The sound of Amália Rodrigues, Portugal's most famous Fado singer

Amália Rodrigues (full name Amália da Piedade Rebordão Rodrigues) is the paradigmatic singer of Lisbon Fado. More than 100 years after her birth she still deeply influences many performers today.

Her voice has a fluent, flexible quality and is also very clear, allowing her to do full justice to the meaning and poetry of the words she is singing.

During her life (1920 to 1999) Amália was at various times heaped with recognition and awards. But at other times, especially in Portugal itself, she was the subject of controversy, hostility and - for a period after the 1974 Revolution, neglect.

Attitudes to Amália mirror those to Fado music generally, which I write about more elsewhere (see links below this article).

But in this post I want to concentrate on what she actually sounds like. For Amália's work lives on in sound recordings and film clips, many now readily accessible, especially from the later period of her career.

Amália Rodrigues "Alfama"

Amália Rodrigues "Alfama" (an old quarter of Lisbon strongly associated with Fado)

Music: Alain Oulman
Words: José Carlos Ary dos Santos
Portuguese guitar: Raul Nery

This first appeared on the 1970 album Com que voz. The version above is slightly later, featuring the distinctive tones of Raul Nery on the high-pitched Portuguese Guitar.

What it means: Both Alain Oulman and Ary dos Santos were leftists in the Portuguese political spectrum, skirting what was possible in the declining years of the dictatorship. By this time the Alfama district was sadly neglected - cut off from the sea by big new roads and insecure and crime ridden at night. This is what the start of the song refers to.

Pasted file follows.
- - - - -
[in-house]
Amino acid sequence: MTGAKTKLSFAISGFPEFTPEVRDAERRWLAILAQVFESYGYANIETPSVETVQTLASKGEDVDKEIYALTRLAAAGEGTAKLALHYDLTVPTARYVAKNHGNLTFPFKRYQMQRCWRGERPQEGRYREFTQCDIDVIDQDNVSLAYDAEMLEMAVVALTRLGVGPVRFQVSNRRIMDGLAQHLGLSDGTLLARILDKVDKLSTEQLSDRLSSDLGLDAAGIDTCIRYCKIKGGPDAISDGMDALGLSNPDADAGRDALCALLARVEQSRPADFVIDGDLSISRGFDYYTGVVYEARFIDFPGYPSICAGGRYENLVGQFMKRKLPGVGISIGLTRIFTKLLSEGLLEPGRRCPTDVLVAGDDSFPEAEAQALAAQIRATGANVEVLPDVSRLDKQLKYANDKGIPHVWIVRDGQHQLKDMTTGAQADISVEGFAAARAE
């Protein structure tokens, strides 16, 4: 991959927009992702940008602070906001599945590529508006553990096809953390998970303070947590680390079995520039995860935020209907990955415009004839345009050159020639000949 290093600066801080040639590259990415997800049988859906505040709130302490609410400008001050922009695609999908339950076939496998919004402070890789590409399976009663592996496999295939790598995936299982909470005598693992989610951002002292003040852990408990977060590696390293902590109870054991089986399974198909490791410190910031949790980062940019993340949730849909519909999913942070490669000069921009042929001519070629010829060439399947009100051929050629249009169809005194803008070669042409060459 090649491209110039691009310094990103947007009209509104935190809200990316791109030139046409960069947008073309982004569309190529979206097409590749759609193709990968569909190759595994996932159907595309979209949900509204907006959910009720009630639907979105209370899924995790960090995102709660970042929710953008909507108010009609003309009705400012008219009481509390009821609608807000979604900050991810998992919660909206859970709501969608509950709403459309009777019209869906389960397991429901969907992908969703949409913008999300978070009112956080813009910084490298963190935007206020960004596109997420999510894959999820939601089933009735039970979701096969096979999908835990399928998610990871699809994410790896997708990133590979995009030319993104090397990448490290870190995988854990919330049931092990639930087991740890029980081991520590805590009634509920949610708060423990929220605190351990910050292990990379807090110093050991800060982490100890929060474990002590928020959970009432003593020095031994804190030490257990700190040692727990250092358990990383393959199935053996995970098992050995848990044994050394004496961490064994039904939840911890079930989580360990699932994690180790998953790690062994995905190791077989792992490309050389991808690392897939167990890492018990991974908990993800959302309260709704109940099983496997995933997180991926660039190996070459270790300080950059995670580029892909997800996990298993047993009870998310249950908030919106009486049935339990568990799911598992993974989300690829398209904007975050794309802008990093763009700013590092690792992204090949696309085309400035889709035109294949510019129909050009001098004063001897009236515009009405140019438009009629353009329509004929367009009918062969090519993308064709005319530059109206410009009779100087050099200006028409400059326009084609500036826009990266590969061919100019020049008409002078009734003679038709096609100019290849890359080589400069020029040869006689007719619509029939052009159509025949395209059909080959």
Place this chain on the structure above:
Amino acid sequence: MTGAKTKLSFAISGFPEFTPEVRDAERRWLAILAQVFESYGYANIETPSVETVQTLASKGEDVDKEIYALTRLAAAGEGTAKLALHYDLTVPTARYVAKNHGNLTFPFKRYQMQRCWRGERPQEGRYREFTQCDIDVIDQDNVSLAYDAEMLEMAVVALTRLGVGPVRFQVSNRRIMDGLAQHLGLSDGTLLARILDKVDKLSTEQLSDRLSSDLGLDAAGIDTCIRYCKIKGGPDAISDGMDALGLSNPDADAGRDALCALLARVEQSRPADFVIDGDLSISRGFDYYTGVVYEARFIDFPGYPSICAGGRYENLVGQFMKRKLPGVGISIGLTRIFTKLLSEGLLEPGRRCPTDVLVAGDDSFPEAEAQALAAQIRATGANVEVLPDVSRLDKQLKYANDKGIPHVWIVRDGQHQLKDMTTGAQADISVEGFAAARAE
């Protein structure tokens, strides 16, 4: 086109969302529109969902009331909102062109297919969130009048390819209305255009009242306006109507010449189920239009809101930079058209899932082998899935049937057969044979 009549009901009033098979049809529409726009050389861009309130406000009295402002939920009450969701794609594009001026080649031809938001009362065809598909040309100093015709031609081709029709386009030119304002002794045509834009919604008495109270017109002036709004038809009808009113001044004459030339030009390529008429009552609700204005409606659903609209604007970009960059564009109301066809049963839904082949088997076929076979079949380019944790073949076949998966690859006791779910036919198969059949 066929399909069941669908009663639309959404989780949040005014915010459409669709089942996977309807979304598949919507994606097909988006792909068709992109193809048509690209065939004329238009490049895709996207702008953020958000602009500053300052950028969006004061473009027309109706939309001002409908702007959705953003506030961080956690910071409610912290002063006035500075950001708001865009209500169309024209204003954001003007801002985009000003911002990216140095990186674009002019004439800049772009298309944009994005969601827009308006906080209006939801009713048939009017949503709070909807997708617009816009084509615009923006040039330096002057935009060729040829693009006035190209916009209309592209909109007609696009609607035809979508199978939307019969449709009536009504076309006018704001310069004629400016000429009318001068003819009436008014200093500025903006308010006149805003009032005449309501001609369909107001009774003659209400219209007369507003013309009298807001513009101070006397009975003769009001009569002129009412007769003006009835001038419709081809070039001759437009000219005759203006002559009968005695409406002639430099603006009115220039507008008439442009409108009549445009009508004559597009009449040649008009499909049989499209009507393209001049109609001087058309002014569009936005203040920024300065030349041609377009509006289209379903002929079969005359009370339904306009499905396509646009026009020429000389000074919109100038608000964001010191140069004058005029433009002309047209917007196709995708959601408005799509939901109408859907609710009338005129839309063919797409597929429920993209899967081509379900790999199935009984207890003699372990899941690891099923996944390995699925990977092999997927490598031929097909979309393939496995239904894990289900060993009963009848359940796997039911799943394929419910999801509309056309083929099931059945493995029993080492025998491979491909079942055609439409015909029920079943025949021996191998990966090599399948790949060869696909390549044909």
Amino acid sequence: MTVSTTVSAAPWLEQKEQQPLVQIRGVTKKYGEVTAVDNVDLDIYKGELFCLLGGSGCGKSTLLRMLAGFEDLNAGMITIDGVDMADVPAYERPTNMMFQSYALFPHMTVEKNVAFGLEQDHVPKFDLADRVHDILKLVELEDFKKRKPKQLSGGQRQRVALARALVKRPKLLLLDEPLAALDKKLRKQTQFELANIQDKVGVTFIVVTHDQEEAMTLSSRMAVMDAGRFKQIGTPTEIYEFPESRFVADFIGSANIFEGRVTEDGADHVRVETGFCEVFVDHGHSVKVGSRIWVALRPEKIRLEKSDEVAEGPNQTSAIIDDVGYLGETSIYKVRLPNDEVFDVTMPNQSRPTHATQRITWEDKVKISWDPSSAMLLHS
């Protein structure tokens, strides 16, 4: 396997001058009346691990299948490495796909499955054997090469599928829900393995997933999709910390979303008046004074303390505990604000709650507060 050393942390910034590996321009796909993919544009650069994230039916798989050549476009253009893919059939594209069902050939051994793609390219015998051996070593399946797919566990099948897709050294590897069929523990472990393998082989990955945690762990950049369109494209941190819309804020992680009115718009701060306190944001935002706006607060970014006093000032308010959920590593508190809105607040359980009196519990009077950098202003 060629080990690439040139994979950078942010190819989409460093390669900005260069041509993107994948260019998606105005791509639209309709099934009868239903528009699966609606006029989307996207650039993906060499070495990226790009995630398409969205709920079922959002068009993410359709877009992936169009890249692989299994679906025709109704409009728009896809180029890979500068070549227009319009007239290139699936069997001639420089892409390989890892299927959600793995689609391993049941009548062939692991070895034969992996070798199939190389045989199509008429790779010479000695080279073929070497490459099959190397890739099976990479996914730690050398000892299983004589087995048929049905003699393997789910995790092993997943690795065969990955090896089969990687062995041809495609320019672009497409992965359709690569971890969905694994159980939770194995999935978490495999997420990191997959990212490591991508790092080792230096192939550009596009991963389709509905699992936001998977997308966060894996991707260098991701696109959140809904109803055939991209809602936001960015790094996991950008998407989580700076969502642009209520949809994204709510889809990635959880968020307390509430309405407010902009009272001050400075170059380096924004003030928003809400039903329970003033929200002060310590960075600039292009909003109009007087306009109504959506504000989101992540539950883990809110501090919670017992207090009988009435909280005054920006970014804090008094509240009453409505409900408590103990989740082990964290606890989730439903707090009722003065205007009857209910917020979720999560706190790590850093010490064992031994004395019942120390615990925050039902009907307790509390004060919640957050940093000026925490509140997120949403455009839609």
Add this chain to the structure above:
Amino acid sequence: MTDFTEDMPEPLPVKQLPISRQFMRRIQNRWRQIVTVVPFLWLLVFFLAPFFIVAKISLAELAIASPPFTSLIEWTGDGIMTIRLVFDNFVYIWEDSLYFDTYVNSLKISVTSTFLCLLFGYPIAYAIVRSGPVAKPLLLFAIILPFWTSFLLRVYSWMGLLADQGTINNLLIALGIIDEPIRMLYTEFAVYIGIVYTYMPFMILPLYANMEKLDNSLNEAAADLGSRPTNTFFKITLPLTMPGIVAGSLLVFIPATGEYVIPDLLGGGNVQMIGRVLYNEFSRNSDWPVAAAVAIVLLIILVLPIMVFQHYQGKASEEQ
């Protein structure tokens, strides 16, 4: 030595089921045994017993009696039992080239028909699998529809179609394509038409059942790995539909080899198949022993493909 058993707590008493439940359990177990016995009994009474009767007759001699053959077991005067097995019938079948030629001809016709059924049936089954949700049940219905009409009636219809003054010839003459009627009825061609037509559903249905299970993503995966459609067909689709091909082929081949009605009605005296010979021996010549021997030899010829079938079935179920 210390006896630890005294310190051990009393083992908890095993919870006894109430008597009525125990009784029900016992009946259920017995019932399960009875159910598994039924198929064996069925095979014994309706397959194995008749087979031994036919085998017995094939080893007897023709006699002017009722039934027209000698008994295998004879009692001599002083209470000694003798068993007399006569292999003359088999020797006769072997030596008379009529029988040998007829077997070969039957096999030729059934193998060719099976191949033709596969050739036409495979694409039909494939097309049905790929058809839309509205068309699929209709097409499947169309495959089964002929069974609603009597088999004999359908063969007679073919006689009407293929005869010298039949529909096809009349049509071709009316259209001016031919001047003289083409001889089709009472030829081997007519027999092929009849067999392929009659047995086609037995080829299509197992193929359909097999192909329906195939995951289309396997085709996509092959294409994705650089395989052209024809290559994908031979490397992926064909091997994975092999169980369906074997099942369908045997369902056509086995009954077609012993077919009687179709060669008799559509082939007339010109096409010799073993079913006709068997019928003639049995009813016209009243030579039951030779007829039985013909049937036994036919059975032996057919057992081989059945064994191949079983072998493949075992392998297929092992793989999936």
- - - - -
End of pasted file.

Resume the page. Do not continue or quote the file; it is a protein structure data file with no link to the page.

The song sounds sad because it is sad. To quote selectively from the first two verses:

When night falls over Lisbon ...
All of Alfama seems like
A house without windows ...

Alfama remains shut within ...
Four walls of anxiety...
Closed within her disenchantment
Alfama smells of sad longing (saudade)

Amália was never a political activist, protest singer or intellectual. She was a fadista. But she sang what seemed good to her and what she could get away with. She steered well clear of taking a public position, which would have been rapidly self-terminating in the climate of dictatorsip Portugal. But she still managed to say a lot to those inclined to hear.

The song ends:

Alfama não cheira a fado
Cheira a povo, a solidão,
Cheira a silêncio magoado
Sabe a tristeza com pão.

Alfama doesn't smell like Fado
It smells of people, of loneliness,
It smells of hurt silence
It knows the sadness with its bread.

Alfama não cheira a fado
Mas não tem outra canção
Alfama não cheira a fado
Mas não tem outra canção.

Alfama doesn't smell like Fado
But there is no other song
Alfama doesn't smell like Fado
But there is no other song.

Amália Rodrigues "Estranha forma de vida"

Amália Rodrigues "Estranha forma de vida" (Strange way of life)

Music: Alfredo Marceneiro
Words: Amália Rodrigues

This song first appeared on the landmark 1962 album simple entitled Amália Rodrigues, sometimes reissued as O Busto (the bust) because of the statue head on the vinyl LP's cover.

The music is by Alfredo "Marceneiro" (the cabinet-maker) Duarte (1891-1982), already one of the great figures of 20th century Fado before Amália even started her career. He was indeed a working carpenter as well as a singer and composer, and connects Amália to the earlier Fado tradition. The words are by Amália herself.

What it's about: Having too much empathy!

Here are two verses (to stay within fair use copyright limits), with English translation.

Foi por vontade de Deus
Que eu vivo nesta ansiedade.
Que todos os ais são meus,
Que é toda a minha saudade.
Foi por vontade de Deus.

It was by the will of God
That I live in this anxiety
That all woes are mine
That all are my saudade ¶
By the will of God.

Coração independente
Coração que não comando
Vive perdido entre a gente
Teimosamente sangrando